It’s officially December, the last month of the year. During this time, we will reflect on what we have accomplished for the year. How many of your goals did you achieve? How many did you give up on too early? How many are you going to claim for 2020? How do you know which goals to strive for and which action plans to put into place? This is where it is important to understand what you really want your life to look like and what your current situation is. I’m talking physically, emotionally, spiritually, mentally, and financially. You cannot effectively plan to improve your situation if you don’t know what your current situation is.
Some people believe that the only real reason for living is to see how much you can learn about yourself. In a sense, I agree with that. But I would take it a bit further. I believe there are lessons that we must learn in order to understand ourselves and our journeys. I believe that each one of us has greatness within and it is our duty to find that greatness and share it with the rest of the world.
The only way to find answers is to ask questions. Asking effective questions can help to facilitate your development as a human being. A good question is one that provides a useful answer and contributes to the development of an action plan. Poor questions create limitations and allow you to stay stuck where you are.
Ask yourself these questions to enhance your development:
- What is the most important skill I’m lacking? Everyone has strengths and weaknesses. Our weaknesses are often responsible for limiting our personal growth and success. There are advantages to being well-rounded. When you look at your current situation, what skills could you develop that will have the greatest impact across all areas of your life? These are the skills you should work on first. You might be great with spreadsheets, but poor at meeting new people. Some of us are very persuasive while others have great creativity.
- What do you feel you’re lacking in your life? Which skill can most help you fill that void?
- How do I get in my own way? Do you ever sabotage your own efforts? It’s possible to fear success. After all, gaining something often means giving up something else. It’s not easy to examine this part of ourselves, but the benefit is immense. Think about each time you get close to achieving something, and then it seems to mysteriously fall apart at the end. What are the common themes that you notice when you look back at those times? What actions are you taking that could have had a negative impact on your success? What thoughts pop up right around the time that success would actually happen? This is very difficult to do, but if you can identify and change your actions you may be able to stop sabotaging yourself. Or at the very least, you can identify when you start self-sabotaging and fix it then.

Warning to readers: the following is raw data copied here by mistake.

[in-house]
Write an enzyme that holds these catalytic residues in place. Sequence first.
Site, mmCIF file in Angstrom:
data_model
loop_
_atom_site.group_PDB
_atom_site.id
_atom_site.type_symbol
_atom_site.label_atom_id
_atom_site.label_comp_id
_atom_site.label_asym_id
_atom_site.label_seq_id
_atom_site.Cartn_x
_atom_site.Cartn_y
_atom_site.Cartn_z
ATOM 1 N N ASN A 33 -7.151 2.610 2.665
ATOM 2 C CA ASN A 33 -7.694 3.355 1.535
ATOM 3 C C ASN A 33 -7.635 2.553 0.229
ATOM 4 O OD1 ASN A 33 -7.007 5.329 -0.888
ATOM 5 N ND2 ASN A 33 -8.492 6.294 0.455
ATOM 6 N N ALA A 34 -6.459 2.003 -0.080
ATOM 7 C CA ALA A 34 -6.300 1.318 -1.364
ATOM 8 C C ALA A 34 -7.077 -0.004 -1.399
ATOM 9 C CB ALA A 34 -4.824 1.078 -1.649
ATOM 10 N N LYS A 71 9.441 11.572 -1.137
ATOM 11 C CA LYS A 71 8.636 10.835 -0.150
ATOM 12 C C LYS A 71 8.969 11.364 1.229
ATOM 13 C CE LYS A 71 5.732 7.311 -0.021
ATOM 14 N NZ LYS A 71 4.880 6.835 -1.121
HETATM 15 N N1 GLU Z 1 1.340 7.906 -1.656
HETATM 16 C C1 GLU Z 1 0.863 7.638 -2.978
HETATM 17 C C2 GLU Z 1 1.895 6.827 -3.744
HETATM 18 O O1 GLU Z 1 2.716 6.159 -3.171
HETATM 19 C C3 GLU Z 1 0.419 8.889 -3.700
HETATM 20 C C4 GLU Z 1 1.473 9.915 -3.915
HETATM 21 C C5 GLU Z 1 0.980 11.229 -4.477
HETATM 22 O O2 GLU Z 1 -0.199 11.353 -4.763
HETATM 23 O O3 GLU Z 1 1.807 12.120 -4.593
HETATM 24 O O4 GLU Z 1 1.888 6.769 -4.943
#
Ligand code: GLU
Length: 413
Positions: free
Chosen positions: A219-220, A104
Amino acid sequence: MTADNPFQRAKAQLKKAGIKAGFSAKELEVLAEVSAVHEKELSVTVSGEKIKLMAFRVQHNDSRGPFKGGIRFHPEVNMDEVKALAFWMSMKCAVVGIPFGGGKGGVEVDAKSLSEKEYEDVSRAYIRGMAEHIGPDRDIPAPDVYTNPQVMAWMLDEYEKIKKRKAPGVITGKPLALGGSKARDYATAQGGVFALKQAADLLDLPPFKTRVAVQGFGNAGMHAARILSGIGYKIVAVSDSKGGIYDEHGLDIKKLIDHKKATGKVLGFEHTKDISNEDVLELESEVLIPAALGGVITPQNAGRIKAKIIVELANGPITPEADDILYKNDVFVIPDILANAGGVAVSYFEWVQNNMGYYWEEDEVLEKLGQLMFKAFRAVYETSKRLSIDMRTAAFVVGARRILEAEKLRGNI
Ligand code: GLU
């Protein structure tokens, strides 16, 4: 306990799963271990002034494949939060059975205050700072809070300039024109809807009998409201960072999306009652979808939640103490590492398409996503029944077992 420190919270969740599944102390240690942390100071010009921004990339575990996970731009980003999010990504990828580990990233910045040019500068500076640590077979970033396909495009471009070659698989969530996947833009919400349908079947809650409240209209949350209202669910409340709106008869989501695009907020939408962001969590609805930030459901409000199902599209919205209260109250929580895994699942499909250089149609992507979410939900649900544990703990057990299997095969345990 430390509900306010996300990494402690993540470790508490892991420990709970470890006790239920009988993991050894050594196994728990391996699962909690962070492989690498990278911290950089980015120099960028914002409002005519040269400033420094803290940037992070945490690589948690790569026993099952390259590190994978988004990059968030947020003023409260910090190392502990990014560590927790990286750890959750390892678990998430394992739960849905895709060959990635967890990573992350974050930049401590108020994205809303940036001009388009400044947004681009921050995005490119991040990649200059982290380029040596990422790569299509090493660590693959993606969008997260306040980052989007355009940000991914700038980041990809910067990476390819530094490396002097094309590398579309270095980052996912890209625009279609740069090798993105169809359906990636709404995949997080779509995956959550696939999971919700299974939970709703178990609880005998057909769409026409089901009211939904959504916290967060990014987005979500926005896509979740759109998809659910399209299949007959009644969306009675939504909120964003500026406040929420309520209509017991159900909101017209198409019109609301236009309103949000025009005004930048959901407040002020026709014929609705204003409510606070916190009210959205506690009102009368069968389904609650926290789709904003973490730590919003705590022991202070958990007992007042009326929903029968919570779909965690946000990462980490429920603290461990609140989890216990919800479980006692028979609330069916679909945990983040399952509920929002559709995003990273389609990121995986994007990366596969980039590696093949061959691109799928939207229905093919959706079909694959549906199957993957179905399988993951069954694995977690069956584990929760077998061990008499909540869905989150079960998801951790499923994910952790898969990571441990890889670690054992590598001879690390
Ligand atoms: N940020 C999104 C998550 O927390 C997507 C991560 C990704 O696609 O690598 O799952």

If I could go back in time, what advice would I give my 18-year old self? This is one question my husband and I have talked about quite a few times over the years. Hindsight is 20/20, but the mistakes you’ve made in the past are probably still occurring. Think about the choices you think you should’ve made as an 18-year old. They will provide insight into your current situation. I am undoubtedly still fighting with myself over some of the decisions and bad habits that I developed back then. Being older and wiser, I have put some systems in place to avoid some of my most destructive habits (retail therapy anyone?) and I am always working on making improvements to those systems.
- What are my greatest strengths? Make a list of your greatest strengths. How can you apply them to your life? Our weaknesses might hold us back, but our strengths can determine how high we can rise. Think about your hobbies. What activities do you enjoy? What do you enjoy about them? Do you always get asked to organize the company picnic? Or to help someone decorate? These can be hints into your strengths.